At that time, Japanese manufacturers Honda and Toyota were able to put cars on the market that were both cheaper and of superior quality relative to American cars. Our car industry was struggling and for years, we tried to crack the secret to Japanese manufacturing methods. As a result of these efforts we came up with lean manufacturing and Six Sigma processes – methods that are widely used today.
One of the greatest lessons we learned is that maximal is not optimal. When car makers push the system to the limits, and by system we mean every machine and worker that is involved in the process, you will get more product recalls. To fix the issues which were created by pushing too hard, you spend even more time and you hire skilled labor, and this increases manufacturing costs.
Now, we are aware that you aren’t really patching up real estate deals on an assembly line, but the lesson is still relevant. Do you push your real estate investing business to its extreme operational limits? You certainly might. Here’s how Dan puts this:
If your absolute maximum capacity, let’s say, is to do 12 flips a year, it is likely that you will not actually make the most money doing 12 flips a year because of cost overruns and budgeting mistakes, and having to hire a team and just stress, and, hey, medical bills, who knows? Maybe the optimal point, the point where you are making the most money, is actually 10 or even 7.
There is a sweet spot for achieving optimal results, and while this spot is different for each industry, you will definitely do more if you operate at less than maximum capacity. It’s simple: don’t overexert yourself, instead – focus on quality.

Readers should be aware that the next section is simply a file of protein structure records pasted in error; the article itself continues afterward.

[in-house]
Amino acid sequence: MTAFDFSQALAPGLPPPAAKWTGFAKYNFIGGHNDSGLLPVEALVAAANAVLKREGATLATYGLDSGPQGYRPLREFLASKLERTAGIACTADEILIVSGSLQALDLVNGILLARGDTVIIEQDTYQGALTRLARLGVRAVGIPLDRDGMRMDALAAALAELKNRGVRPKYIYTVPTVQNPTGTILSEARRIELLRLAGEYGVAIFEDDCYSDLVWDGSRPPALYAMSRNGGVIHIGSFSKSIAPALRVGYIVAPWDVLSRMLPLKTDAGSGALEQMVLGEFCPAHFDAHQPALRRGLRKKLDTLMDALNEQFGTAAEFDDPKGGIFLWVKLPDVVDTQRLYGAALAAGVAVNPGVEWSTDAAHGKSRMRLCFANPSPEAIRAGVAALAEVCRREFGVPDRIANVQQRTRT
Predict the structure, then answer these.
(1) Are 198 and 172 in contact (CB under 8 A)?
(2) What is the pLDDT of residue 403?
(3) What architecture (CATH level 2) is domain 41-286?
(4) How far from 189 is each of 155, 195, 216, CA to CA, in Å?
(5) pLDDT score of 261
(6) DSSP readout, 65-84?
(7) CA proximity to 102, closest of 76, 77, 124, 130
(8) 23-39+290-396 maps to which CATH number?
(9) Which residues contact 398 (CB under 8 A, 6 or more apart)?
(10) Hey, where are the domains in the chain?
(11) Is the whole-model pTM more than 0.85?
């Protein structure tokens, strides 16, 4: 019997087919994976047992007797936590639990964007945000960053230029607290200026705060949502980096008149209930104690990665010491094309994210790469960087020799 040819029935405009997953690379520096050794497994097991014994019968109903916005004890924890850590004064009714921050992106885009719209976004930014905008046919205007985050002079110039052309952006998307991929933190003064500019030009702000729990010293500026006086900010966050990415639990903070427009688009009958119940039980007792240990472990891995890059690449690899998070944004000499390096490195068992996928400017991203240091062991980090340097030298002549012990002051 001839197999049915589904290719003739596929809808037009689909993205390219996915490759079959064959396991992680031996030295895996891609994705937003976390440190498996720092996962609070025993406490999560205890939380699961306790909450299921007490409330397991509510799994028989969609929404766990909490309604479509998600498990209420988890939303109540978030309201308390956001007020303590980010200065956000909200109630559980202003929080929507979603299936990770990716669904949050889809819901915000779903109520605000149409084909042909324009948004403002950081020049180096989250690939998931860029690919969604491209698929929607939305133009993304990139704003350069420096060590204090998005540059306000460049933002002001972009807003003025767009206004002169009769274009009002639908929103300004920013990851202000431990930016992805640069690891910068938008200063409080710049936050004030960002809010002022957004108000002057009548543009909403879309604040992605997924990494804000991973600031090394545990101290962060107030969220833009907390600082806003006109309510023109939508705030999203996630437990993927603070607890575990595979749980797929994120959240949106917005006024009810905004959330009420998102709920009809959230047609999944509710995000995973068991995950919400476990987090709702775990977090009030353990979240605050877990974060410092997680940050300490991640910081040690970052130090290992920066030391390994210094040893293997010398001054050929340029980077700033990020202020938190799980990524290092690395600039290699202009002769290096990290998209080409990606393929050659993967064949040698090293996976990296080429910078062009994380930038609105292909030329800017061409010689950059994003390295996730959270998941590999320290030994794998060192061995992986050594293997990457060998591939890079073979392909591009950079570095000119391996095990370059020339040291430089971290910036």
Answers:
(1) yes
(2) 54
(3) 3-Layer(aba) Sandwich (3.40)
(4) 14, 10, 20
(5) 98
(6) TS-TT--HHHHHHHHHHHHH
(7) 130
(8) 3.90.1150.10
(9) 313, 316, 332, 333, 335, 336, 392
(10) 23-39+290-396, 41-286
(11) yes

Now, let’s turn to what we know best – marketing for real estate investors.
When we discuss online marketing for finding motivated house sellers, we often state that closing deals is a numbers game. More ad views = more clicks = more leads = more deals, something along those lines. In general terms, this idea is solid, but if you take it too far, you may end up wasting time and money. Let us explain.
Eliyahu Goldratt developed the Theory of constraints in an attempt to bridge the gap between Japanese and American car manufacturing. In essence, this theory studies efficient management of processes, be they industrial or not. Goldratt introduced the concept of the illusion of local optima (don’t worry, we’ll revert to speaking English soon).
This concept – the illusion of local optima – states that if you have a process that includes multiple steps, and you optimize each individual step (thus local optima), you will not automatically optimize the process as a whole.
The theory of constraints is featured in many episodes of our REI Marketing Nerds podcast, however one specific episode, episode 120, covers the illusion of local optima and its importance for online marketing:
To tie this into online marketing, the way that this often comes up is people will think, OK, I need to have the most amount of impressions, which is eyeballs on my ad or my website or whatever, just somebody seeing it. I need to have the most impressions and the highest click-through rate, and the highest conversion rate, which is the percentage of people that become leads when they land on my website, and I need to have the highest close rate, and if I do that, most number of impressions, most number of clicks, highest click through rate, highest conversion rate, highest close rate, my business will be at its maximum level of success. That is something that makes sense on paper, makes sense intuitively to us. We kind of get that. What the theory of constraints posits is that that is actually not true.
We’ve brought house seller leads to real estate investors in all US markets through the years, and this experience taught us that when you focus on the quality of leads, the end result is optimal. If you go for the maximal performance, the end result, i.e. profits from closed deals, is sub par.